Densho Digital Archive
Japanese Canadian Cultural Centre Collection
Title: Bill Hashizume Interview
Narrator: Bill Hashizume
Interviewer: Norm Ibuki
Location: Toronto, Ontario, Canada
Date: October 29, 2005
Densho ID: denshovh-hbill_2-01-0020

<Begin Segment 20>

NI: So at the end of the war, did you rejoin your family or what happened to your family?

BH: Well, after the war, I sailed, I took a boat, me and another officer and a sailor, we hired a fishing boat and went to Shikoku.

NI: You hired a fishing boat?

BH: Yeah.

NI: What do you mean?

BH: Well, we hired a fishing boat.

NI: Why, and you wanted to get to Shikoku to see your mother?

BH: Well, it was either taking a long route, a rail route to Shikoku. But rather than do that, my superior officer at Kurashiki, he says, "Well, let's take a, let's hire a fishing boat to take us over. And the fishing boat, you know, it cost us a hundred yen. A hundred yen in those days, the pay, the pay was about... my pay as an officer was about a hundred and fifty a month. But we split it three -- well, actually, the sailor, he didn't pay anything, but my superior officer and myself, we split that, I think. And then we... half a bag a rice. That's how important rice was.

NI: Well, plus, half a bag of rice, hundred yen plus a half a bag of rice.

BH: Well, about fifty pounds of rice. And that's what the farmer, no, the fisherman thing. So we said okay, and he, my superior officer arranged for the fifty-pound rice, and we went to Shikoku and I took the train from Shikoku to my mother's hometown in Ehime-ken.

NI: Did the family settle in Ehime?

BH: No, no, it was only temporary. It was only a temporary thing there, but once I got there, I spent about a week there, and then I decided I should go to Tokyo and meet my brother, and that's how I started out life in postwar Japan.

NI: Did everybody survive the war? Was anybody...

BH: None in my family died, none in my family died.

NI: Okay. So then you went to Tokyo. What happened after that?

BH: Tokyo, why, I already had a job lined up with a construction company at the time of the, when I graduated from technical college. And I went to their headquarters and reported for duty. And at that same time, they told me, says, "Well, you could go to a dam project in Shikoku." And my brother intervened and said that here I knew English, be able to communicate with the American forces. So the president of that company, he took a liking to me and he says, "Okay, you stay here." And I answered his, I replied -- well, I repaid, well, repaid him or I answered his call for a thing. He was looking for a job. The construction company had overseas offices in China, Korea and Manchuria, and he had the obligation to take 'em all back and see that they look after the welfare. But they couldn't do that without any job, and jobs from the government and local governments were hard to go by, you were strapped for cash. But one day, I dropped in to the general headquarters in Tokyo, MacArthur's headquarters, and I was talking to, I happened to run into a lieutenant-colonel there. He says, "Sir" -- well, he came to me and he says, "You looking for a job?" They were looking for a good interpreter. I says, "Yes, I'm looking for some work." He says, "Well, we can use you right away." Says, "No," I says, "I don't mean that. I work for a construction company and I'm trying to see if there's any work the army wants done." Well, at that time, this colonel, lieutenant-colonel in GHQ headquarters, he was in charge of construction of a runway, air-, well, runway in a town called Toyooka that's, that's where the Japanese army had their air cadet school. They had a field there but it was a grass runway, and the Americans wanted a concrete runway. And they were looking for someone to build it for them. Since I knew nothing about the company, nothing about experience, I told him, I says, "Well, could you wait until tomorrow?" Says, "I'll have a bunch of engineers with all the answers." So next day we went -- once I hurried back to the head office and reported back to the president, and he rounded up things. "Well, get him from somewhere," "Get him from somewhere," "Get him from, call him somewhere." They assembled within a day, and we went to, we went to the headquarters together. And it turned out that they wanted to build an airfield in, airfield in this former air cadet school in Toyooka.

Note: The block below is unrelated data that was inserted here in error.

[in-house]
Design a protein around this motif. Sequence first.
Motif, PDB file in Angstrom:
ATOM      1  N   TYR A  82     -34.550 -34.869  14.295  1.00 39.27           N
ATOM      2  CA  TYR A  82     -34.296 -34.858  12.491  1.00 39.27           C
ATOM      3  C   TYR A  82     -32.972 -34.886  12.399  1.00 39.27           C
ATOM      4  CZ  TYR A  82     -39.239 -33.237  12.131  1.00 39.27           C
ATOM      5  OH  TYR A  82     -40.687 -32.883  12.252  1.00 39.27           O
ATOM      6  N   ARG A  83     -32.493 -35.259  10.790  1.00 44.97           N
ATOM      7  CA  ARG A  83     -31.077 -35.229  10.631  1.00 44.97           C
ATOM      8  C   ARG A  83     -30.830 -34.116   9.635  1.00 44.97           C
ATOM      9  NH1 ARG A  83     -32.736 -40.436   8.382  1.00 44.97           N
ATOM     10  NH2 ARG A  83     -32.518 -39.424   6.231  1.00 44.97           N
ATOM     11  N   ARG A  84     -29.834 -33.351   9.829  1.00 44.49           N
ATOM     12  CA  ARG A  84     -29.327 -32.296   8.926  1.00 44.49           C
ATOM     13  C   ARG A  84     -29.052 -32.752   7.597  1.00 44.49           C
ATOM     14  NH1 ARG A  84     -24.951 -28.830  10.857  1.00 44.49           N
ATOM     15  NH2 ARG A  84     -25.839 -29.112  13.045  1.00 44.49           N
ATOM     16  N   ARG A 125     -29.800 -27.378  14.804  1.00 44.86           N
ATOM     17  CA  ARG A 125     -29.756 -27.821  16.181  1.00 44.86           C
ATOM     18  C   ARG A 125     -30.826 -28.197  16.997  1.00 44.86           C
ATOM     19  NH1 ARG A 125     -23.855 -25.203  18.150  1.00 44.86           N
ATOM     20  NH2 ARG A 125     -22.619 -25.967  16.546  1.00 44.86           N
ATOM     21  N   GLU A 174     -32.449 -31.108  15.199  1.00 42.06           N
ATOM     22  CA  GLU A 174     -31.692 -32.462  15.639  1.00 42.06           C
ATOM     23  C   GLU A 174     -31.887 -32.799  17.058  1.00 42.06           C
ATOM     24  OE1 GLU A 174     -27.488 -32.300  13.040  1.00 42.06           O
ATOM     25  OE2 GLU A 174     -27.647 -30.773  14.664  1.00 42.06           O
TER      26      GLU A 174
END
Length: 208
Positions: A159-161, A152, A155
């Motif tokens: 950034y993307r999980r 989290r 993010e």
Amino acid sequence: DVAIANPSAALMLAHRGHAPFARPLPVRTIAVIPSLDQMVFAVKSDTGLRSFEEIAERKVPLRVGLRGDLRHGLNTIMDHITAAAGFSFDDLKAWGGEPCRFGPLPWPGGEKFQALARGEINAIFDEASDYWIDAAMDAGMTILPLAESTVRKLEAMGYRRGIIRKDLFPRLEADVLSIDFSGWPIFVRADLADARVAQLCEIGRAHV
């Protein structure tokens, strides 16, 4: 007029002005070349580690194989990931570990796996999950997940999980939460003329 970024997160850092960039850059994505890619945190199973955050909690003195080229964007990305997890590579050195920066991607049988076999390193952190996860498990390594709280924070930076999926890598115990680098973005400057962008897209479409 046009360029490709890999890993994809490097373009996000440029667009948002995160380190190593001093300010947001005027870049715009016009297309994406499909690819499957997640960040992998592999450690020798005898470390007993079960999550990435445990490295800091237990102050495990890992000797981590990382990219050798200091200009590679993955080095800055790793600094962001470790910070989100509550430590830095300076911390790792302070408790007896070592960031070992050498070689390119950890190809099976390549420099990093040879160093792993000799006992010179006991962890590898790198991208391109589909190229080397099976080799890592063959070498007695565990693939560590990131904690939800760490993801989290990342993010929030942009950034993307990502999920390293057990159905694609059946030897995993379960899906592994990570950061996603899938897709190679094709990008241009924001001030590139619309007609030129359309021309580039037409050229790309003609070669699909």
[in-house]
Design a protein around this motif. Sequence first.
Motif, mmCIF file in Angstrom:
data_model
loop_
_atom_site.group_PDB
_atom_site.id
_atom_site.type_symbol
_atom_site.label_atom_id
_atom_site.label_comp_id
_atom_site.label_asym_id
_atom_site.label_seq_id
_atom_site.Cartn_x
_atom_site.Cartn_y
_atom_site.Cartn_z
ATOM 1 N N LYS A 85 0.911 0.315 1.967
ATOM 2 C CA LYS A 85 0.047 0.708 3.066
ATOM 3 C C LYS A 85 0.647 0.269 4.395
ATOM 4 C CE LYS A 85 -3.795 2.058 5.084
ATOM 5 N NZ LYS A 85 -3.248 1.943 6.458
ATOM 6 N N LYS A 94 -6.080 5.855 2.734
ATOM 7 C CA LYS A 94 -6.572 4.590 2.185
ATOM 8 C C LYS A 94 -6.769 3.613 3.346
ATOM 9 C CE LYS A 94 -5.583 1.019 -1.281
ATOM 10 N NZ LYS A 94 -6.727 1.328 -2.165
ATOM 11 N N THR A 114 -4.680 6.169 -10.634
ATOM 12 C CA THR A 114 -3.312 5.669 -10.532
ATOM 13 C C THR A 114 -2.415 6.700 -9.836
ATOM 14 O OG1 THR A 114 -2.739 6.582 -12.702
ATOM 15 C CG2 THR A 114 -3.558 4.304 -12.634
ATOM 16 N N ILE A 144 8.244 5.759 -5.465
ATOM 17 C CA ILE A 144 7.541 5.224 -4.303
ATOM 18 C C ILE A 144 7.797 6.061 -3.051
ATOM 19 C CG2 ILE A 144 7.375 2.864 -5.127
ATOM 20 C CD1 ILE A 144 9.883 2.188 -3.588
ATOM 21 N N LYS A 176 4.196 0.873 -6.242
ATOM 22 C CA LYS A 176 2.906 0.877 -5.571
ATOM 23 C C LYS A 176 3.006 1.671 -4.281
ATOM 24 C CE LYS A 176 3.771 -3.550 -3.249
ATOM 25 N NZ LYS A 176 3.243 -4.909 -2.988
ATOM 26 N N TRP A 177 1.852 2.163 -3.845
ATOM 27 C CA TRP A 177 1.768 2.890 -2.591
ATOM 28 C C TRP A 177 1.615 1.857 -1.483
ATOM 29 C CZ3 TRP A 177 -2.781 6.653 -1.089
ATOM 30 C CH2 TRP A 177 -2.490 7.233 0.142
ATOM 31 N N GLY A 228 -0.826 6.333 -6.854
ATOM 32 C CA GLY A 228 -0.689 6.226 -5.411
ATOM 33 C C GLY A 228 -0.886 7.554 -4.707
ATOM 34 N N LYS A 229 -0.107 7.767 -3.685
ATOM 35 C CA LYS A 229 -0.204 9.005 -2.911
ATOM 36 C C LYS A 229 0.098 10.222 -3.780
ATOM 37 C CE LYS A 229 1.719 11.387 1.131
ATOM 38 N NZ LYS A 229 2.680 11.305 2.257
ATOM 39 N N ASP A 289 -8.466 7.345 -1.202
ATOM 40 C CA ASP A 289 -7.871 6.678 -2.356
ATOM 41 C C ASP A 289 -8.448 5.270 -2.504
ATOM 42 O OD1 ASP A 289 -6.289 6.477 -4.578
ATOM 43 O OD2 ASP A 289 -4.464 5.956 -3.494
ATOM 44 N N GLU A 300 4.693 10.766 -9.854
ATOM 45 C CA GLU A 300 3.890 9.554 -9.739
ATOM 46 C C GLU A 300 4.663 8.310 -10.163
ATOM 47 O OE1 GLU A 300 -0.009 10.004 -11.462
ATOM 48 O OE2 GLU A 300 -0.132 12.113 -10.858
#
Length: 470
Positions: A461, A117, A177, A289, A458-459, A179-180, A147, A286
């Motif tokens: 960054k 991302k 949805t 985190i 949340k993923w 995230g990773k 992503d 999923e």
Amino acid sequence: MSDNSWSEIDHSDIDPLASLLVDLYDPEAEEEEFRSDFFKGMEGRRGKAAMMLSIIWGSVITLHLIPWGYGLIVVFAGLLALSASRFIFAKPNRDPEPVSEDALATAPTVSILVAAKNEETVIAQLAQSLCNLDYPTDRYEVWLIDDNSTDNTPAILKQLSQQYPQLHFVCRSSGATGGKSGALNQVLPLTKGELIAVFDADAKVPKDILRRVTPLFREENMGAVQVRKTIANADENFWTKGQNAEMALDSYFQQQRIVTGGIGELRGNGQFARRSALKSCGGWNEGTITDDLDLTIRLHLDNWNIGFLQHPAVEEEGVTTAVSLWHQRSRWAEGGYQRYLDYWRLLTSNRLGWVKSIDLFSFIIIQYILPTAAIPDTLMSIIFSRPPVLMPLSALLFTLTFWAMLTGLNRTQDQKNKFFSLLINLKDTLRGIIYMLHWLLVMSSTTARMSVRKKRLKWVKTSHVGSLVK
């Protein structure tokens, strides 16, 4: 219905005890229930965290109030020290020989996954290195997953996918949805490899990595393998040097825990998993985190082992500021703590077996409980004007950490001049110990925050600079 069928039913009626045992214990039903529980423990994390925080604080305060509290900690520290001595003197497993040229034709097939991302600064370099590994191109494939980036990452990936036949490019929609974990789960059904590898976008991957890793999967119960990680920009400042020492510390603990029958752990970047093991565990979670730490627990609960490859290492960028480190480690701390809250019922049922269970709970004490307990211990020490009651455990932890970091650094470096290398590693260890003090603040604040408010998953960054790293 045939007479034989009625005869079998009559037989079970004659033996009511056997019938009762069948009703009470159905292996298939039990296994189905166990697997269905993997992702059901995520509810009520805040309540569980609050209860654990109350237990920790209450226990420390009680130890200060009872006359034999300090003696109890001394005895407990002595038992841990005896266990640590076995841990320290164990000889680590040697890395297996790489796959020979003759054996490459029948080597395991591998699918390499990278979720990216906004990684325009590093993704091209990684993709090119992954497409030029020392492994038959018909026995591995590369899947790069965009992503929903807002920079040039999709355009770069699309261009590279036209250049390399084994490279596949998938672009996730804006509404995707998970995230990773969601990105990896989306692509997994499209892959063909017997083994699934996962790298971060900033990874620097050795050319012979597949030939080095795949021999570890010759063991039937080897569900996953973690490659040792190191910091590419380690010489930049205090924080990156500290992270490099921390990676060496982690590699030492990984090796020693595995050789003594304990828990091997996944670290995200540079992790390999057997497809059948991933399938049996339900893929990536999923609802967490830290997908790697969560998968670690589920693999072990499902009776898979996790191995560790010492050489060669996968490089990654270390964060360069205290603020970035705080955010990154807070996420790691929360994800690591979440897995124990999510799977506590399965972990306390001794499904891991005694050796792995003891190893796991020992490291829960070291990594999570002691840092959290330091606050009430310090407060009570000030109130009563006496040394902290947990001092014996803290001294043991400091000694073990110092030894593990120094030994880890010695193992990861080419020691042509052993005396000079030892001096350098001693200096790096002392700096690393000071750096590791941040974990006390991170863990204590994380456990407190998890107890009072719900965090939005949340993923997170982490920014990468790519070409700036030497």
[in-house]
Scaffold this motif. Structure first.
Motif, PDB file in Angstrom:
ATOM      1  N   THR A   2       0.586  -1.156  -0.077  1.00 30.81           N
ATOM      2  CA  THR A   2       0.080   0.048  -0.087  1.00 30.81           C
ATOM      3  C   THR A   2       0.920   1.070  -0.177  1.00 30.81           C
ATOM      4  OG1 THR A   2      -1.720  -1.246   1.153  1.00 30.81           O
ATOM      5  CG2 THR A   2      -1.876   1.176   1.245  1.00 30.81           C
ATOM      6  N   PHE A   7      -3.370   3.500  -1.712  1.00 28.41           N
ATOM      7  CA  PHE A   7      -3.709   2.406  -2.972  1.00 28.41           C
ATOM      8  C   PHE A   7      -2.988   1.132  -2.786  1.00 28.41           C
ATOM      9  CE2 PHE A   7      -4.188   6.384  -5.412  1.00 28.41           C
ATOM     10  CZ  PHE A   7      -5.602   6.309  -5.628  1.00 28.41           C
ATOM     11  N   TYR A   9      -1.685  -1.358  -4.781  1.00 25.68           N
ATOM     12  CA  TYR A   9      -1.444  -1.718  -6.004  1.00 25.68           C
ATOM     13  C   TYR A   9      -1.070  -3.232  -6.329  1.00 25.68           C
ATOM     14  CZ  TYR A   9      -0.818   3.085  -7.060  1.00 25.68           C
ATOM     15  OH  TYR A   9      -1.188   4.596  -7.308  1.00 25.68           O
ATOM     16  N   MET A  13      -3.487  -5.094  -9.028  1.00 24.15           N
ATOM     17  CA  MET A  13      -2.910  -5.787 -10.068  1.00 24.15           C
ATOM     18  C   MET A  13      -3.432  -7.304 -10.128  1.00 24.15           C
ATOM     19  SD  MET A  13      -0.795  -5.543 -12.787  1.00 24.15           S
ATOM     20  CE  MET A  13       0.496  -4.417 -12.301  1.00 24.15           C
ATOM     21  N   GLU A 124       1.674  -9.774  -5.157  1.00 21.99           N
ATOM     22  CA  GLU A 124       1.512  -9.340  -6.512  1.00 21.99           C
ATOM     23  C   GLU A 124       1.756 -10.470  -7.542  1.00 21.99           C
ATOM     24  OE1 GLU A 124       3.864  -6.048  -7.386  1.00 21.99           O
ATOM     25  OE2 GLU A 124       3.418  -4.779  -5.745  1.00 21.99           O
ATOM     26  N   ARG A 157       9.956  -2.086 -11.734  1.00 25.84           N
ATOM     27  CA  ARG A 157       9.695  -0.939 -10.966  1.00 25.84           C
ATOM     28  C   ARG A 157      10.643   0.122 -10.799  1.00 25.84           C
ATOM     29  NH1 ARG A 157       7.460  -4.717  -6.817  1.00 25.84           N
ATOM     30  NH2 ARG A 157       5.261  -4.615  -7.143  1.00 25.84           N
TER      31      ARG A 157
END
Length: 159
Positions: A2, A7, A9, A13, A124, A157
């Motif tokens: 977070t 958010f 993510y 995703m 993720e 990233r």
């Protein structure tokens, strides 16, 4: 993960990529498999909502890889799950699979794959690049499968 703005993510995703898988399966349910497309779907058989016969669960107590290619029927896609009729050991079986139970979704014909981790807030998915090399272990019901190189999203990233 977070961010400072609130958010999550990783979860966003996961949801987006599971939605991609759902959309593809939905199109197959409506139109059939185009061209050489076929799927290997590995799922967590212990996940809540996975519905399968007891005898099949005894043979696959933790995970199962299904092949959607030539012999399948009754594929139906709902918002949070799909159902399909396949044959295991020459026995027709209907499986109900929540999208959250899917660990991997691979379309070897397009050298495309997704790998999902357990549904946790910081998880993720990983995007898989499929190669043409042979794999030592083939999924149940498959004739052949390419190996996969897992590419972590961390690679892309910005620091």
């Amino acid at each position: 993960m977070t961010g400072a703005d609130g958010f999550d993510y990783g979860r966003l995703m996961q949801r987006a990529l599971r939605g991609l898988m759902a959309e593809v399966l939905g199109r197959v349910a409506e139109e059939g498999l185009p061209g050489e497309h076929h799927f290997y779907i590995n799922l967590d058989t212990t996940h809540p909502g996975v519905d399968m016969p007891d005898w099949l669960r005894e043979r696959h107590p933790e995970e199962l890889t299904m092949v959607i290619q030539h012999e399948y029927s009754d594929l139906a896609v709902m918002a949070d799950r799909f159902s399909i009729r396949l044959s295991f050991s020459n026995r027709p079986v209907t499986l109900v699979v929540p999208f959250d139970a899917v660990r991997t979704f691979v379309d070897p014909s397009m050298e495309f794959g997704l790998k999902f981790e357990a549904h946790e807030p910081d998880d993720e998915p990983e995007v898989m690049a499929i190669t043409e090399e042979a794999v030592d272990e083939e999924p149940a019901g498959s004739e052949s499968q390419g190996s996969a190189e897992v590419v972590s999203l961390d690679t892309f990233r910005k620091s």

NI: So you were more of a...

BH: Liaison.

NI: Liaison between the Americans and the Japanese.

BH: That's right, that's right.

<End Segment 20> - Copyright © 2005 Japanese Canadian Cultural Centre and Densho. All Rights Reserved.